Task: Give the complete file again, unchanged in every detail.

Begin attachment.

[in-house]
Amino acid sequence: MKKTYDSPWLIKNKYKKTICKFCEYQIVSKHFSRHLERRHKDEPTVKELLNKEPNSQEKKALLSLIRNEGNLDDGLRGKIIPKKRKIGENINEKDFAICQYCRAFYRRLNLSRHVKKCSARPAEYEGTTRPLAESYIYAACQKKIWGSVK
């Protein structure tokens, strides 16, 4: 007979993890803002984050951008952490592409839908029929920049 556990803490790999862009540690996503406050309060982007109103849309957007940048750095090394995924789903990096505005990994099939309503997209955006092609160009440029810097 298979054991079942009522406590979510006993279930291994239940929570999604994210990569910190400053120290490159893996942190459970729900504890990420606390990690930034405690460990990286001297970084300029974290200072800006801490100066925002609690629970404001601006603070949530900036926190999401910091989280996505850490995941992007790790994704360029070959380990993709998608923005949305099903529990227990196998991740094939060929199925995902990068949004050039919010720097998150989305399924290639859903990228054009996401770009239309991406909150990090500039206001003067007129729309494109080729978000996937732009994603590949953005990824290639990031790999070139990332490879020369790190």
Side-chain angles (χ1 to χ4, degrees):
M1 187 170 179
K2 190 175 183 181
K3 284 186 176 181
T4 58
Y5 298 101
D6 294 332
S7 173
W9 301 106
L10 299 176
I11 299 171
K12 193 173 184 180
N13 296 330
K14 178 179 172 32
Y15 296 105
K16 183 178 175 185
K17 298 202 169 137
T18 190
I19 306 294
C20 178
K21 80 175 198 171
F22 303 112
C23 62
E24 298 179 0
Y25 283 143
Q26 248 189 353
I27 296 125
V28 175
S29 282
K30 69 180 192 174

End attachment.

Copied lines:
[in-house]
Amino acid sequence: MKKTYDSPWLIKNKYKKTICKFCEYQIVSKHFSRHLERRHKDEPTVKELLNKEPNSQEKKALLSLIRNEGNLDDGLRGKIIPKKRKIGENINEKDFAICQYCRAFYRRLNLSRHVKKCSARPAEYEGTTRPLAESYIYAACQKKIWGSVK
């Protein structure tokens, strides 16, 4: 007979993890803002984050951008952490592409839908029929920049 556990803490790999862009540690996503406050309060982007109103849309957007940048750095090394995924789903990096505005990994099939309503997209955006092609160009440029810097 298979054991079942009522406590979510006993279930291994239940929570999604994210990569910190400053120290490159893996942190459970729900504890990420606390990690930034405690460990990286001297970084300029974290200072800006801490100066925002609690629970404001601006603070949530900036926190999401910091989280996505850490995941992007790790994704360029070959380990993709998608923005949305099903529990227990196998991740094939060929199925995902990068949004050039919010720097998150989305399924290639859903990228054009996401770009239309991406909150990090500039206001003067007129729309494109080729978000996937732009994603590949953005990824290639990031790999070139990332490879020369790190």
Side-chain angles (χ1 to χ4, degrees):
M1 187 170 179
K2 190 175 183 181
K3 284 186 176 181
T4 58
Y5 298 101
D6 294 332
S7 173
W9 301 106
L10 299 176
I11 299 171
K12 193 173 184 180
N13 296 330
K14 178 179 172 32
Y15 296 105
K16 183 178 175 185
K17 298 202 169 137
T18 190
I19 306 294
C20 178
K21 80 175 198 171
F22 303 112
C23 62
E24 298 179 0
Y25 283 143
Q26 248 189 353
I27 296 125
V28 175
S29 282
K30 69 180 192 174